4. Follow your muse. As you write more, you’ll think of characters, plots, and settings during odd, idle moments when you’re not writing. That’s your unconscious, creative voice—your muse—talking. Pay attention. Though she may lead you to unimagined and uncomfortable places, she might help you develop your unique writing voice.
  5. Submit your best. Don’t rely on editors to see the genius of your story through all the spelling, grammatical, and plot errors. Do a thorough job of self-editing, thinking critically, viewing your manuscript as a reader and English teacher might. Submit only when you can honestly say it’s your best product and you’re proud of it.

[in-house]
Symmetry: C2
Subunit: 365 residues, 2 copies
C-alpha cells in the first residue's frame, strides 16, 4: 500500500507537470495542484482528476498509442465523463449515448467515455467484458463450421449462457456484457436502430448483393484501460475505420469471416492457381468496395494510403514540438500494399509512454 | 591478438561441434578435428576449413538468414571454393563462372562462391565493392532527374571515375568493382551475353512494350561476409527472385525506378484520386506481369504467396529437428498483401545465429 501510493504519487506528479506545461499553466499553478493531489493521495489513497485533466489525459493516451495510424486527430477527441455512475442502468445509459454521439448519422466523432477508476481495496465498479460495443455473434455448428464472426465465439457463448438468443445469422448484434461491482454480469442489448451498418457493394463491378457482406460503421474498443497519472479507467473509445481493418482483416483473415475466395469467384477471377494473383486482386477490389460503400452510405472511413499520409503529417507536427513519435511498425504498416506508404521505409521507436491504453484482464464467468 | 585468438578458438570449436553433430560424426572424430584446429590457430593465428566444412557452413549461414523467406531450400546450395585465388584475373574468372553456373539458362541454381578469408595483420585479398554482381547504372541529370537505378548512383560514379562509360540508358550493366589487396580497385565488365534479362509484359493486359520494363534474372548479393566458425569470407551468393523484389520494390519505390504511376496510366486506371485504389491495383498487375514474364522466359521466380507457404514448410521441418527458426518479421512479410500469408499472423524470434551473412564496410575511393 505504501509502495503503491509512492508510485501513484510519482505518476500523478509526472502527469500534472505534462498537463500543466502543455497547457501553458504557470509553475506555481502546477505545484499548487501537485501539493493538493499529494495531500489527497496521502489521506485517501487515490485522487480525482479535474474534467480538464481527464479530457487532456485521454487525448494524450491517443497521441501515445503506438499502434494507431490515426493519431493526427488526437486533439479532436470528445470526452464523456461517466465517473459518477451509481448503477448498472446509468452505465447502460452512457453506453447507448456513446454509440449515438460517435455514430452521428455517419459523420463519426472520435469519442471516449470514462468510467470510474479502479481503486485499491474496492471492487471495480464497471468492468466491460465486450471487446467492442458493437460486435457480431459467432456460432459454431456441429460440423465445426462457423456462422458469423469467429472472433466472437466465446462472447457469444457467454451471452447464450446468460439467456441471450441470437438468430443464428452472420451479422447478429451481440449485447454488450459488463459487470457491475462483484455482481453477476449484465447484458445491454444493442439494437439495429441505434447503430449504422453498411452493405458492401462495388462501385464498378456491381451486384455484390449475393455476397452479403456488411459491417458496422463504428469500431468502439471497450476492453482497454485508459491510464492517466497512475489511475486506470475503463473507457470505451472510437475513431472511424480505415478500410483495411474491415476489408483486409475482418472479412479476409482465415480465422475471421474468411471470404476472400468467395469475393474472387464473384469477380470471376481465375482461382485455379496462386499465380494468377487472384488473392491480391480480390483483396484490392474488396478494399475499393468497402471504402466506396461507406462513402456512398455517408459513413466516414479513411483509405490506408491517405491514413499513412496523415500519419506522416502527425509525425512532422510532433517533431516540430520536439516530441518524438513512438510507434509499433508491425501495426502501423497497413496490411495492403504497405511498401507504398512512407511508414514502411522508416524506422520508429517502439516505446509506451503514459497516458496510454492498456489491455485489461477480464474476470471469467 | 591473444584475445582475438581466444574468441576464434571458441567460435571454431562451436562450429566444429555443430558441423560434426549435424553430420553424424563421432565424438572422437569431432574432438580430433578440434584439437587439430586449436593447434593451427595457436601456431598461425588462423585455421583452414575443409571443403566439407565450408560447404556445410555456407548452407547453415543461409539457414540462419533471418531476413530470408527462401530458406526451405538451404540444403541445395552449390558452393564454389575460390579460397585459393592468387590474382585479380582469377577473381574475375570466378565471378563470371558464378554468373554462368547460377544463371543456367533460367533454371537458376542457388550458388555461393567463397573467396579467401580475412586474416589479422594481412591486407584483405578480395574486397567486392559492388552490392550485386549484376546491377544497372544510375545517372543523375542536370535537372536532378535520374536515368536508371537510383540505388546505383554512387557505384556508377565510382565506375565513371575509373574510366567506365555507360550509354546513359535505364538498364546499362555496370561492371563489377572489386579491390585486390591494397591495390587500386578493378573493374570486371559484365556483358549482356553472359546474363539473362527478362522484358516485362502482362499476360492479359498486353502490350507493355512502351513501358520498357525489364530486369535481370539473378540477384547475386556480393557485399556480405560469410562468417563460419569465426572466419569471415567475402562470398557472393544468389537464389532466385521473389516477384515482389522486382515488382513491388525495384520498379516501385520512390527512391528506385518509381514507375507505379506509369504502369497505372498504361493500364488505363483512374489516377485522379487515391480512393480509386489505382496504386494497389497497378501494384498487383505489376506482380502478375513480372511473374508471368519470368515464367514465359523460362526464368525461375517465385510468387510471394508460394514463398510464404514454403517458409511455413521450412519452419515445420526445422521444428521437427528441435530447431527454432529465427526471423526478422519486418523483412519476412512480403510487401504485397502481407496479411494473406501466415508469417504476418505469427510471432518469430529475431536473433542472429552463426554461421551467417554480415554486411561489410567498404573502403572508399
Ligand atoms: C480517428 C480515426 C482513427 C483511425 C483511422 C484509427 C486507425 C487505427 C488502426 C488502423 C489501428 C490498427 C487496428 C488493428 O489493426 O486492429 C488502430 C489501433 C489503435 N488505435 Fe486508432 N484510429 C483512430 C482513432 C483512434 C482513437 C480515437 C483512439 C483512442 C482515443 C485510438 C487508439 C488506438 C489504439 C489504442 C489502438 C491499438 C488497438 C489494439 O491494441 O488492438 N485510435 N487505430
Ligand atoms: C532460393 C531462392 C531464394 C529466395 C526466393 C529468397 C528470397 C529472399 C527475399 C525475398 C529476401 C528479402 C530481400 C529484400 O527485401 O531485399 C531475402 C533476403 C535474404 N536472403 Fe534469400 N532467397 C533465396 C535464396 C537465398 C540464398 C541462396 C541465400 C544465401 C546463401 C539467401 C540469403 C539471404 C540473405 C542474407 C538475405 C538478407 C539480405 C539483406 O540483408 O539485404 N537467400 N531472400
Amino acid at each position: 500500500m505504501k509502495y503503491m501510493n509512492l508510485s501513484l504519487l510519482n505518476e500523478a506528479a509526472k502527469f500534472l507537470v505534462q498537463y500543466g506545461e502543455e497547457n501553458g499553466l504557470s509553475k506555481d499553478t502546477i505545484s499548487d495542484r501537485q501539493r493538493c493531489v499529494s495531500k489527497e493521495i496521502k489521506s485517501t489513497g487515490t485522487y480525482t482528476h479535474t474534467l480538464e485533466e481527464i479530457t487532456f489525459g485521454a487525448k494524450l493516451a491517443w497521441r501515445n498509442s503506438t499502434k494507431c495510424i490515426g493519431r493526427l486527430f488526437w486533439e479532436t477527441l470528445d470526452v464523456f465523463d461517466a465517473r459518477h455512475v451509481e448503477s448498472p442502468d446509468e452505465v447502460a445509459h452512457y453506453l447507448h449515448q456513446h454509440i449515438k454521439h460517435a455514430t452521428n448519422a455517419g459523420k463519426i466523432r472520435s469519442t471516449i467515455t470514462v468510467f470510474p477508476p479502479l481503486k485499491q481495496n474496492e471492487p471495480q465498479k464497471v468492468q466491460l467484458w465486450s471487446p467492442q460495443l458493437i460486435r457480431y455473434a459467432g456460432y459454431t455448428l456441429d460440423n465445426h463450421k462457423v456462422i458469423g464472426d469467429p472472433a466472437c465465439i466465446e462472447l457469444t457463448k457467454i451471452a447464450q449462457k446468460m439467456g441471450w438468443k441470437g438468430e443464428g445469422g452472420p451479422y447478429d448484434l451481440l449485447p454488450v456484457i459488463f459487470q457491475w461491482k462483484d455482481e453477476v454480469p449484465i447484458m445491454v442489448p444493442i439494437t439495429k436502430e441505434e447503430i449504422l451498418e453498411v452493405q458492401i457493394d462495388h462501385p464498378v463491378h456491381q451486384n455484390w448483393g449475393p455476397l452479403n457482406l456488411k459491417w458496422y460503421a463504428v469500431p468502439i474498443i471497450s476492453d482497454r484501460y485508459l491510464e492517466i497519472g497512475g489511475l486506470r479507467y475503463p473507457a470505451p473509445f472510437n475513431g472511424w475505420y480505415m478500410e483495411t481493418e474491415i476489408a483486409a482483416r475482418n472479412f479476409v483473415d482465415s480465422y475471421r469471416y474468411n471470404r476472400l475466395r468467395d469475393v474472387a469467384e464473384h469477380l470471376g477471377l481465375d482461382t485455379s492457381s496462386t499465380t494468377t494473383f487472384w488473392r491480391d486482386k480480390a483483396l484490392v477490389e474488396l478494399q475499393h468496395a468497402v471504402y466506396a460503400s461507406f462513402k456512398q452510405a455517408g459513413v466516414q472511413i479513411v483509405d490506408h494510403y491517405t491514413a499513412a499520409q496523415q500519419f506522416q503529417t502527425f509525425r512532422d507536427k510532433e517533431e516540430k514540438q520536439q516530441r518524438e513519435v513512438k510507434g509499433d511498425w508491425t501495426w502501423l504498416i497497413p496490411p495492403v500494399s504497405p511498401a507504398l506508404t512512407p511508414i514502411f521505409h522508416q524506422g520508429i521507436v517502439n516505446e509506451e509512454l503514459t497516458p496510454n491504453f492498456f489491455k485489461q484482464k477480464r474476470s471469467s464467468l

6. Be a professional. Present yourself to the world as if you’re already a successful author. Establish an author website. Don’t get so angry at editors, reviewers, blog commenters, or readers that you descend into flame wars, emotional outbursts, or other unprofessional conduct.
  7. Actively seek improvement. This may sound like number 3 above, but that earlier habit is about the initial learning of fiction writing; this one is about continual development, honing, and advancement of your craft. It means to cycle through all the habits as you go, improving known weak areas, always working to ensure your next story is better than all the previous ones.

Long-time followers of my blog will recall my post proposing 15 writing virtues. The seven habits I’m advocating today are another approach. It’s easier to remember 7 things than 15 anyway, right? There are many paths to self-improvement, and you’re free to find your own. For now, it’s back to growing and improving for—

Poseidon’s Scribe